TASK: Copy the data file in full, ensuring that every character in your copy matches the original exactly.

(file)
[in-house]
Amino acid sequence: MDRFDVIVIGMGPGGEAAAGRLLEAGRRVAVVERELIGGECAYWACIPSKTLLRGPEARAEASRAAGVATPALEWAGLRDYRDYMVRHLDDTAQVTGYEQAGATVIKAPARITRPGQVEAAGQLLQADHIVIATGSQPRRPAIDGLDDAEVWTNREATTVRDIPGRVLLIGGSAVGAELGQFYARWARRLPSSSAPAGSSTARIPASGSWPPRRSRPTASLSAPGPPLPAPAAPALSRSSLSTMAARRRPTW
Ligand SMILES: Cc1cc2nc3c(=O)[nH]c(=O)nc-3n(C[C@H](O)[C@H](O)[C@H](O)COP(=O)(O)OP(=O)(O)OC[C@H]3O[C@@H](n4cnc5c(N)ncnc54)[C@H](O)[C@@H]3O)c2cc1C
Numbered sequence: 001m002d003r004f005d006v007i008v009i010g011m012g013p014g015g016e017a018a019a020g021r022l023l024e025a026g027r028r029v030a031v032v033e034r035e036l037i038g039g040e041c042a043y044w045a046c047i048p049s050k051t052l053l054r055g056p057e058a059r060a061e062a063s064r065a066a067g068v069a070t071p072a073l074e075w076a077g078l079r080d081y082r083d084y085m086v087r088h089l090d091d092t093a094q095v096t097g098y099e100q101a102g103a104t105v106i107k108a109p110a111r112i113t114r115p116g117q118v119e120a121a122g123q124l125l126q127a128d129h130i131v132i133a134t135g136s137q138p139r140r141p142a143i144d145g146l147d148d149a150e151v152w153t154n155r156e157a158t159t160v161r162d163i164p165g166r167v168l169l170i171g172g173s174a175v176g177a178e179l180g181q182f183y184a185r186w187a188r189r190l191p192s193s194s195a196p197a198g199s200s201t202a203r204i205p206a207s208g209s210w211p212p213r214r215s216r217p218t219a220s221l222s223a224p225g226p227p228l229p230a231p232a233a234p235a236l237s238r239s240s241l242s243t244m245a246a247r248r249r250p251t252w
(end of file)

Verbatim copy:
[in-house]
Amino acid sequence: MDRFDVIVIGMGPGGEAAAGRLLEAGRRVAVVERELIGGECAYWACIPSKTLLRGPEARAEASRAAGVATPALEWAGLRDYRDYMVRHLDDTAQVTGYEQAGATVIKAPARITRPGQVEAAGQLLQADHIVIATGSQPRRPAIDGLDDAEVWTNREATTVRDIPGRVLLIGGSAVGAELGQFYARWARRLPSSSAPAGSSTARIPASGSWPPRRSRPTASLSAPGPPLPAPAAPALSRSSLSTMAARRRPTW
Ligand SMILES: Cc1cc2nc3c(=O)[nH]c(=O)nc-3n(C[C@H](O)[C@H](O)[C@H](O)COP(=O)(O)OP(=O)(O)OC[C@H]3O[C@@H](n4cnc5c(N)ncnc54)[C@H](O)[C@@H]3O)c2cc1C
Numbered sequence: 001m002d003r004f005d006v007i008v009i010g011m012g013p014g015g016e017a018a019a020g021r022l023l024e025a026g027r028r029v030a031v032v033e034r035e036l037i038g039g040e041c042a043y044w045a046c047i048p049s050k051t052l053l054r055g056p057e058a059r060a061e062a063s064r065a066a067g068v069a070t071p072a073l074e075w076a077g078l079r080d081y082r083d084y085m086v087r088h089l090d091d092t093a094q095v096t097g098y099e100q101a102g103a104t105v106i107k108a109p110a111r112i113t114r115p116g117q118v119e120a121a122g123q124l125l126q127a128d129h130i131v132i133a134t135g136s137q138p139r140r141p142a143i144d145g146l147d148d149a150e151v152w153t154n155r156e157a158t159t160v161r162d163i164p165g166r167v168l169l170i171g172g173s174a175v176g177a178e179l180g181q182f183y184a185r186w187a188r189r190l191p192s193s194s195a196p197a198g199s200s201t202a203r204i205p206a207s208g209s210w211p212p213r214r215s216r217p218t219a220s221l222s223a224p225g226p227p228l229p230a231p232a233a234p235a236l237s238r239s240s241l242s243t244m245a246a247r248r249r250p251t252w